Cal Poly's defensive back got to the ball and deflected up into the air, where a fortunate Toon was waiting for the lazy ball.
"It felt like it was in slow motion, but you've just got to keep your concentration and make the catch," said Toon. "It feels really good to get the first one and hopefully there are many more to come."
Sophomore David Gilreath recorded the first 100-yard receiving game of his career, registering four catches for 125 yards, and his 49-yard reception in the third quarter tied for UW's longest pass completion this season.
Isaac Anderson continued his strong second half with four catches for 55 yards. For once, the Badgers didn't rely on the tight ends (Graham and Turner each had one catch for nine yards), which shows how UW has matured as an offense.
The Badgers' 4-3 defense looked lost and confused when trying to solve the Mustang Wing T offense. The Mustangs ran 75 offensive plays, 59 of which were runs, and continued to run the same look until the Badgers stopped it. UW rarely did.
The Mustangs rushed for 276 yards in their rushing attempts, which made converting on high-pressure down simple. Cal Poly converted 11 of 19 third-down chances and both of their fourth-down chances, each of which led to scores.
Despite holding the ball for 39 minutes, 59 seconds and torching UW for scoring drives of 60, 71, 58, and 76 yards, Wisconsin's front four, three of whom are seniors, registered the stop of the game.
With UW trailing 29-21, defensive tackle Mike Newkirk (eight tackles) stopped a running attempt for no gain on first down. On second down, senior end Matt Shaughnessy (two tackles) did not lose quarterback Jonathan Dally when he kept the ball on the option, stopping Dally after only a one-yard gain.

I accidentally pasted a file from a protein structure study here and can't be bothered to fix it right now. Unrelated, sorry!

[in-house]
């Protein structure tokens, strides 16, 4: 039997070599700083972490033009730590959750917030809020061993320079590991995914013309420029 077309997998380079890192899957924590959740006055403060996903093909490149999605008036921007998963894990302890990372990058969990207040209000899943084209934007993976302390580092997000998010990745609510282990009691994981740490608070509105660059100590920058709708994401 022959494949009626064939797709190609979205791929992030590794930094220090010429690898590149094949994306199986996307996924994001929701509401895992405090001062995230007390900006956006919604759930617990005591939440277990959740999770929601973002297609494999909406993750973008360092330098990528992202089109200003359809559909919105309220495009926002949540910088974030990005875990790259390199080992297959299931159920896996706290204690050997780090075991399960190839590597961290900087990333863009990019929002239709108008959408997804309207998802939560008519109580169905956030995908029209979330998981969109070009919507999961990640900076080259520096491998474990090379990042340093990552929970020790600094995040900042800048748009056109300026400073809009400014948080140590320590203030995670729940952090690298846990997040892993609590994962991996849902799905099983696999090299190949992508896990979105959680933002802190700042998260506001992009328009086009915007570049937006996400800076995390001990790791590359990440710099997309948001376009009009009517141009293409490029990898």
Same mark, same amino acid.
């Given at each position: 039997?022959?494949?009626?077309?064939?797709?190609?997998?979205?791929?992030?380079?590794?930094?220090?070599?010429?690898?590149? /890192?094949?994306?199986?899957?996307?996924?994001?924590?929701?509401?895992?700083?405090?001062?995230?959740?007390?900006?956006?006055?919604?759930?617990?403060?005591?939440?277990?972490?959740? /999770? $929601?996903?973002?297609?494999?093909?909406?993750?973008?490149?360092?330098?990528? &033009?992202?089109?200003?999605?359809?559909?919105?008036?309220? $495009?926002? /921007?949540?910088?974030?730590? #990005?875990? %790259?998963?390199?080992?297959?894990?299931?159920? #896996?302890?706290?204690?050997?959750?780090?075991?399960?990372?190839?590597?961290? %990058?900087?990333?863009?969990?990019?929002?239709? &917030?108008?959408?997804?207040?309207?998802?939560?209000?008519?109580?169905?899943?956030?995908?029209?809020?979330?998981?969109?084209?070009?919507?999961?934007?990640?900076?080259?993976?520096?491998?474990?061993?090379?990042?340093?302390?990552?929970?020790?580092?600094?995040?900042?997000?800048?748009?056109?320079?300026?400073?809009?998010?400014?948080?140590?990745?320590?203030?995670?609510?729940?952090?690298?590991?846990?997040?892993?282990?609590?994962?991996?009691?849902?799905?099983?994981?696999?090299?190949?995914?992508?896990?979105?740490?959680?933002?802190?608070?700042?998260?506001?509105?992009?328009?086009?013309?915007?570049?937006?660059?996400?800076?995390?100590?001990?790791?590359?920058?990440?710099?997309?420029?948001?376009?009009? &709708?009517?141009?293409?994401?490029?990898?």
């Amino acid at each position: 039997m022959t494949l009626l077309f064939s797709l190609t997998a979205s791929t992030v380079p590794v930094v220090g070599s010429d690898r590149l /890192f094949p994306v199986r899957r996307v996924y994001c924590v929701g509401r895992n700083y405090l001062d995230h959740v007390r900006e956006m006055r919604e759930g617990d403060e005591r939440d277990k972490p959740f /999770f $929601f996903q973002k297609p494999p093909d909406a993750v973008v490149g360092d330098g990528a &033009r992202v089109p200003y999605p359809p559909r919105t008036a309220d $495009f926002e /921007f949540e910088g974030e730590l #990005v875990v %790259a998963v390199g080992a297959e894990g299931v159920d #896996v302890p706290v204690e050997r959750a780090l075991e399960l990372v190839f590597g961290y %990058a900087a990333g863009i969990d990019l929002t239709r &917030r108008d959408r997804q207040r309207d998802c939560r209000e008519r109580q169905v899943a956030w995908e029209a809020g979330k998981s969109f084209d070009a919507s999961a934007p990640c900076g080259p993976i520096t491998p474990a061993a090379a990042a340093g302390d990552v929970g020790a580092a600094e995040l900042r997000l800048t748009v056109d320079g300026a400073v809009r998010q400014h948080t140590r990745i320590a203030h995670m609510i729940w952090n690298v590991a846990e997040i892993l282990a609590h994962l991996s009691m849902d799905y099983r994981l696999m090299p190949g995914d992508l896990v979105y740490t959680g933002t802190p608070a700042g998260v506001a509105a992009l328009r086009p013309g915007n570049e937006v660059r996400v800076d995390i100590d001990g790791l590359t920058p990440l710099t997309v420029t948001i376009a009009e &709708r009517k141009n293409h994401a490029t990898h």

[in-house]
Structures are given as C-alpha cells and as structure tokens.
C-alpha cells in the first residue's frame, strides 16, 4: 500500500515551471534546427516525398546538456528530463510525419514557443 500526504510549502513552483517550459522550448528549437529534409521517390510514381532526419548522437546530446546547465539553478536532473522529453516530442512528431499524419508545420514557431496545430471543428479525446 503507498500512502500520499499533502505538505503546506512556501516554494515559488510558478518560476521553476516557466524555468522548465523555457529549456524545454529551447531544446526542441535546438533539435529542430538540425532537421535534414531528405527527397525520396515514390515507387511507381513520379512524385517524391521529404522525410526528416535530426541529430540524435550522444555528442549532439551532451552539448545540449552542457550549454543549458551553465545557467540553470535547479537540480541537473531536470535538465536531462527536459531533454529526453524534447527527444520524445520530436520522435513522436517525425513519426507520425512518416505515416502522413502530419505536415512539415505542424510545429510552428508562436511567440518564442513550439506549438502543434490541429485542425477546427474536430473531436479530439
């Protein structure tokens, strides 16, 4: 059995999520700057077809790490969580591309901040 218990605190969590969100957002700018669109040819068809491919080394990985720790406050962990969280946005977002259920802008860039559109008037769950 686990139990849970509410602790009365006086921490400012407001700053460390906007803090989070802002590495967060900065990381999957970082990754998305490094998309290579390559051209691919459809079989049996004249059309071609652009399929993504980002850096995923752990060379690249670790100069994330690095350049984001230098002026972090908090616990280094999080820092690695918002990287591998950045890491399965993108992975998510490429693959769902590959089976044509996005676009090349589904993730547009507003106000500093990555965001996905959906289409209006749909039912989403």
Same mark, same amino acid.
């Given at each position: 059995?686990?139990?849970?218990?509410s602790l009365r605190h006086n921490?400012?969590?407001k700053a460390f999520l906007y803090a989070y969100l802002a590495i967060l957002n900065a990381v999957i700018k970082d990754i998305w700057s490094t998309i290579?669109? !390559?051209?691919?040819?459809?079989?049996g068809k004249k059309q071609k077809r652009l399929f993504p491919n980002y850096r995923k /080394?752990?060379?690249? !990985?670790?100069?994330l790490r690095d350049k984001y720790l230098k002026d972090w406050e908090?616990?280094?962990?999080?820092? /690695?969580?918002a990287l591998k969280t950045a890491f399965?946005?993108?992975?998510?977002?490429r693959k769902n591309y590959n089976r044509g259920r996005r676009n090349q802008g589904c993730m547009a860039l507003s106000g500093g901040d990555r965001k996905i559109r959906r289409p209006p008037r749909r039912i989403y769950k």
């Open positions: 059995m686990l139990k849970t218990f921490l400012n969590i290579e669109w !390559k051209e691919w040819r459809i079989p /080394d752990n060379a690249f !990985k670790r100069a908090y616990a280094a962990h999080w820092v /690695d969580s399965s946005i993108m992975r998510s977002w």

On third down, pressure from tackle Jason Chapman (five tackles) force Dally to try and get the ball to No.1 wide receiver Ramses Barden despite double coverage, forcing Cal Poly into one of only two three-and-outs all game.
"We had to stop them, get them off the field so the offense could come out and score a touchdown," said Shaughnessy. "So we needed to step up."
The Badger defense did step up and the offense delivered.
Wisconsin senior linebackers Jonathan Casillas and DeAndre Levy are going to be sorely missed. Both Casillas and Levy finished with six tackles and Culmer St. Jean was rotated in at middle linebacker with Jae McFadden.
The move paid off, as St. Jean racked up nine tackles, second best on the team.
Senior Allen Langford talked all week about looking forward to the challenge of guarding Ramses Burden and for the most part, Langford delivered. He only got in trouble twice, which unfortunately went for a 31-yard gain and a 25-touchdown catch in overtime. Other than those two plays, Barden's numbers were rather pedestrian (four catches, 27 yards).
"Allen Langford is one of the most strong-minded and competitive players I've ever been around," said Bielema.
On the other end of the field, Niles Brinkley played solid, registering two key pass breakups and two tackles.
With starter Jay Valai out with a leg injury, Aubrey Pleasant filled in nicely at a position he had relinquished earlier because of poor play. Pleasant finished with a team-high 12 tackles, many of which came as the last line of defense.
Wisconsin's offense struggled to move the ball early and that cause punter Bradley Nortman to be put in some adverse situations with the wind in his face. With the wind in his face and his heels on the end line in the second quarter, Nortman delivered a line drive 35-yard punt right to return man Tredale Tolver, who had little trouble returning it 40 yards for a touchdown.
With Cal Poly lining up for a field goal in the fourth quarter on fourth-and-six, O'Brien Schofield apparently was drawn offsides when the center jerked the football, but was called for encroachment and put Cal Poly in a fourth-and-one situation. Cal Poly decided not to kick the field goal and the Mustangs easily got the yardage on a quarterback sneak.
Wisconsin's two-point conversion play was easy pickens for a team that had run effectively through the middle all game and Phil Welch, needless to say, didn't miss an extra point attempt.